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I have been trying to debug this for days. Running Mac OS 10.12.3. Every 5-10 mins, the 'internet' stops working. Except it doesn't, only website traffic stops.

What doesn't work:

  • I can't ping any website or IP. There is no response at all from the ping (it doesn't return unreachable, sites are just blank)

What still works / what I have tried:

  • I can keep using Skype, and I can continue to torrent fine.
  • The WiFi is on. The signal is good.
  • My phone, and other computers can stay connected to the router, while this Mac cannot.
  • This mac and it's OS have no trouble on any other Wifi I currently use, at many locations. This problem is only occurring at home.
  • Changing DNS servers to 8.8.8.8 does not help. As I said, I can't even ping IP addresses.
  • I also get dropped from online games.

Does anyone have any ideas or pointers?

  • If you run /System/Library/PrivateFrameworks/Apple80211.framework/Versions/Current/Resources/airport -s do you see differing country codes in the "CC" column of the output? – moonpoint Mar 11 '17 at 23:26
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You stated "Every 5-10 minutes, the 'internet' stops working. Except it doesn't, only website traffic stops." But then you stated "I cannot ping any website or IP." So, you are experiencing a problem that is not limited to just website traffic, which would be HTTP or HTTPS traffic. The ping utility does not use those protocols, instead it uses the Internet Control Message Protocol (ICMP). You state that you can continue using Skype and a BitTorrent client, but, perhaps, they too have lost network connectivity, but they just haven't yet notified you of a dropped connection, because they are still waiting on data from other systems. Do you see data continuing to be downloaded by the BitTorrent client or, instead, does downloading appear to have paused? Likewise with Skype, at the time the problem occurs are you receiving updates from the system at the other end of the connection?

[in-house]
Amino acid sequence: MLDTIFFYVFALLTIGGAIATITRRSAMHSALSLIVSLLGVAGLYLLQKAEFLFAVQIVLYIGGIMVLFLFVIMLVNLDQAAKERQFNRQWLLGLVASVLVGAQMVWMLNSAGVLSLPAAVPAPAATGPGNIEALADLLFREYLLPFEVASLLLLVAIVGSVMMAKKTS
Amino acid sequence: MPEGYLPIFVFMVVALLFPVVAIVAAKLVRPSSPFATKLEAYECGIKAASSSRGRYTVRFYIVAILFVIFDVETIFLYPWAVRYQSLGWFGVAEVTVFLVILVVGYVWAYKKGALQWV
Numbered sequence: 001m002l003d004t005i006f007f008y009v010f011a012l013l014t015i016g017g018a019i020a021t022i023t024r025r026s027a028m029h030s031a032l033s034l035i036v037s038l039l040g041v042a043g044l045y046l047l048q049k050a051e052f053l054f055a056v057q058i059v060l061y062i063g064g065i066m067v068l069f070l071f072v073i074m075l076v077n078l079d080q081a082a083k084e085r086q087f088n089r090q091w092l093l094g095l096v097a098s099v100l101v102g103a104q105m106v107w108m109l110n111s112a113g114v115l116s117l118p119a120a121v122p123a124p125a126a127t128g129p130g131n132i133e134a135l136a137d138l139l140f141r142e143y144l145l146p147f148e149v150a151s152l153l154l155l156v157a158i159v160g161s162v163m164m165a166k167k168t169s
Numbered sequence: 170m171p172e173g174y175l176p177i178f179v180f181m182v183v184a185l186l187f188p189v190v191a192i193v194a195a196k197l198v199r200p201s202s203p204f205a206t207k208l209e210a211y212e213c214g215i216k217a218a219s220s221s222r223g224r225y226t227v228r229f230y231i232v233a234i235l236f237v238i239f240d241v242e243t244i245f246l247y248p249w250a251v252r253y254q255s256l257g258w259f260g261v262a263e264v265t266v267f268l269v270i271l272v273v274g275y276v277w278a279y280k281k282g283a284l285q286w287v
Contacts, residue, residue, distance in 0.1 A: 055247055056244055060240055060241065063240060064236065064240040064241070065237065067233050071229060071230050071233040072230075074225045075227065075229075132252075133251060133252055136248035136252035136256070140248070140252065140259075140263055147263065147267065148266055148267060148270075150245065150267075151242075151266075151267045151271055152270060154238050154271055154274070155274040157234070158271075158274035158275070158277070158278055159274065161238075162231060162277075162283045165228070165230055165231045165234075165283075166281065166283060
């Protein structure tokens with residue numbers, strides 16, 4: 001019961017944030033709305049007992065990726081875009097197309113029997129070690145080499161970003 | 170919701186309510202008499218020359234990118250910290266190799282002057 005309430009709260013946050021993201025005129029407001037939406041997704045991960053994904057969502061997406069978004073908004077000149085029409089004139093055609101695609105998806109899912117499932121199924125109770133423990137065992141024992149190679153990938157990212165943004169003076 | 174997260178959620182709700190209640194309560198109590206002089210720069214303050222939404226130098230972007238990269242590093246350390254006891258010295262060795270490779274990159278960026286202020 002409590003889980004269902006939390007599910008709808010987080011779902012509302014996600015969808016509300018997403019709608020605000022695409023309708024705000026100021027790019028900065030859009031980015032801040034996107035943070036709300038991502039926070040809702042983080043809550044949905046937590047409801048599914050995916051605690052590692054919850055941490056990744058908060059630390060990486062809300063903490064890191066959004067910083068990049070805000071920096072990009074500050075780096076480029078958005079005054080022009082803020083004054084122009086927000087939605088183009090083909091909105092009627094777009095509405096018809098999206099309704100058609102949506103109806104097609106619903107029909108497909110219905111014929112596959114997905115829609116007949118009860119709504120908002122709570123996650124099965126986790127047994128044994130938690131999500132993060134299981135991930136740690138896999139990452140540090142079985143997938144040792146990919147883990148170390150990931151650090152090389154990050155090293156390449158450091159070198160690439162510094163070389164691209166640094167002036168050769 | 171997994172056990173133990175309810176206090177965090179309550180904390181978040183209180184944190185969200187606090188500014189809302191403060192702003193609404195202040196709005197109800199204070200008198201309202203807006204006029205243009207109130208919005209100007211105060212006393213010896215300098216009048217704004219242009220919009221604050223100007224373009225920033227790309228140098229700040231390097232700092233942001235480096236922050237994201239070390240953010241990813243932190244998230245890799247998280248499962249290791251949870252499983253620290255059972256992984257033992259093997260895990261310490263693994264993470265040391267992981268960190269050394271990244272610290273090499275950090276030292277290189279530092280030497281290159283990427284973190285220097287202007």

Unfortunately, though I'm experiencing the same problem on a MacBook Pro running OS X El Capitan, I can't offer you a solution, only the workaround that I've used, because I haven't had time to determine the root cause in my case yet. I never have a problem when I'm at work, but the problem occurs intermittently at home, but only with my MacBook pro laptop. Someone else in my house isn't experiencing the problem with his laptop running Microsoft Windows, though we are both using the same wireless router for Internet connectivity. Nor do I experience the problem when using my wife's Windows laptop. What I've been doing when I experience the problem is clicking on the Wi-Fi icon at the top of the screen then clicking on "Turn Wi-Fi Off" and then "Turn Wi-Fi On". That restores the connectivity immediately, though, as you report, the WiFi signal appears to be good when the problem occurs. Yet I can't access websites and I can't ping systems. E.g., ping 8.8.8.8 fails until I turn Wi-Fi off and on. Likewise, if I'm participating in a teleconference using Skype for Business (Lync) where someone is presenting slides I don't see the current slide they are on until I turn Wi-Fi off and on and re-establish the session when the problem occurs.

Update: I believe I've identified the source of the problem, at least in my case. It is possible that the cause of the problem is the same for you. I believe I am losing Wi-Fi connectivity to the Internet because of a neighbor's router using a conflicting country code. Some wireless routers provide a country code in the information available to wireless clients in the vicinity. Apple systems running OS X may have problems if there are wireless routers nearby with differing country codes. In my case, someone apparently has an Arris router from Mexico, though I'm in the U.S. I believe that because another nearby router is using a U.S. country code, I'm losing Internet connectivity periodically. You can determine if that may be the cause of your problem by running the OS X wireless diagnostic program or by issuing the command /System/Library/PrivateFrameworks/Apple80211.framework/Versions/Current/Resources/airport -s in a Terminal window. If you see differing country codes in the "CC" column in the output, then you may have the same problem. If it finds differing country codes, Apple's diagnostic utility will report "Wireless routers should only be used in the country they were originally obtained from. Failure to do so can result in performance and reliability issues for nearby wireless clients."

  • Thanks for the update. Might be useful for someone else with a similar problem. I checked and since I'm in Europe, the routers seem fine (only DE/CH in the zone). For now, it seems to have stabilized (at least only slows down rather than disconnecting) . i'll keep an eye on it and run it the next time I am disconnected. – Totomobile Mar 15 '17 at 10:36

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